Veterans Day Focus: Incarcerated Veteran Parents

On this Veteran’s Day 2018, as we honor our military veterans, it seemed appropriate to look at resources for incarcerated veterans who may have left children behind as they serve their sentences. Given the criminalization of living with addiction, mental health, and disabilities, former members of the US military often find themselves in trouble with the law. A study by RAND institute found that almost a third of people who survived combat in wars since 9/11 suffer from “invisible wounds,” such as a mental health condition or traumatic brain injury (TBI). This concern has led to the development of veteran’s courts, with the one criticism being that they are misapplied justice, as all people entering the justice system should receive similar support. A second criticism is that they are not provided to veterans who have committed violent or sexual assault crimes. Other alternative sentence models that center victims of violent crimes and provide alternatives for individuals who commit gun violence are examples of the ability to extend veterans courts beyond non-violent crimes. As this article relays, collaborative veteran courts allow the prosecutor, judge, and the veteran get support via treatment and rehabilitation, rather than focusing on prisons, punishment, and guilt. Veterans in these courts also get second chances if they miss a court date or a drug test, providing a supportive model that is more like a counselor. These types of supports provided to veterans should and can be a model extended for all people in prison.

Although we don’t have specific numbers on how many incarcerated veterans have children, we can imagine that there is significant overlap. What we do know is that the number of kids who have had a parent in jail or prison at some point is estimated to be around 5.1 million, from 2008 we know that an estimated 809,800 people in prison (over half of all state and federal inmates) had minor children, and in 2011-2012 an estimated 181,500 veterans were saving time in correctional facilities.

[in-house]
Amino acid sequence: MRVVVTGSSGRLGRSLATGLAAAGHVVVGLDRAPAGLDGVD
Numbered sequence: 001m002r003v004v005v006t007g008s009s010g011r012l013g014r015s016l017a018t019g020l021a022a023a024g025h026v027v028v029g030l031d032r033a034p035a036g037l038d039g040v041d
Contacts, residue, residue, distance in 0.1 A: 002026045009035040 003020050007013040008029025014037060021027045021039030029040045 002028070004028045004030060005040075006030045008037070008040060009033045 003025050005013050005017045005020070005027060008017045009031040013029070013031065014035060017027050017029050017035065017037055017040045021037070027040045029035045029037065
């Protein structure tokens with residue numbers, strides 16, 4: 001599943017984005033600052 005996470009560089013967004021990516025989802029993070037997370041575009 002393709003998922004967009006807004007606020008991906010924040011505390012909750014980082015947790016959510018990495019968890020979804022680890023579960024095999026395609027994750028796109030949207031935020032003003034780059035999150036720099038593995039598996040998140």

When parents go to prison, often their children are left behind to face economic, housing, and behavioral challenges. For veteran incarcerated parents, compensation not paid to an incarcerated Veteran may be apportioned to the Veteran's spouse, child or children, and dependent parents on the basis of individual need. Veterans are also eligible for educational support. Helping provide opportunities to rise above the common barriers many formerly incarcerated people face. In determining individual need, the Veterans Benefits Administration will include such factors as the claimant's income and living expenses, the amount of compensation available to be apportioned, the needs and living expenses of other claimants as well as any special needs, if any, of all claimants.

Overall, research has shown that these opportunities have provided for successful diversion for veterans. Therefore, these programs and benefits can serve as models of support that we should providing all people in prison. More info on the benefits veterans may be eligible for are provided U.S. Department of Veterans Affairs website here:

https://www.benefits.va.gov/persona/veteran-incarcerated.asp

Riley Hewko, Esq.

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Monthly Feature

Formerly Incarcerated & Convicted People's Movement Western Regional Conference

Convened by All of Us or None & Legal Services for Prisoners with Children

Sunday, September 20th & Monday, September 21st

Formerly incarcerated and convicted people, family members, community and spiritual leaders, elected officials and government employees will all come together to strengthen our relationships and work towards making change through community empowerment. We invite you to Voice your opinion, learn your rights and learn what changes we can make together. All of Us or None Contact: (415)-255-7036 ext. 337 www.prisonerswithchildren.org

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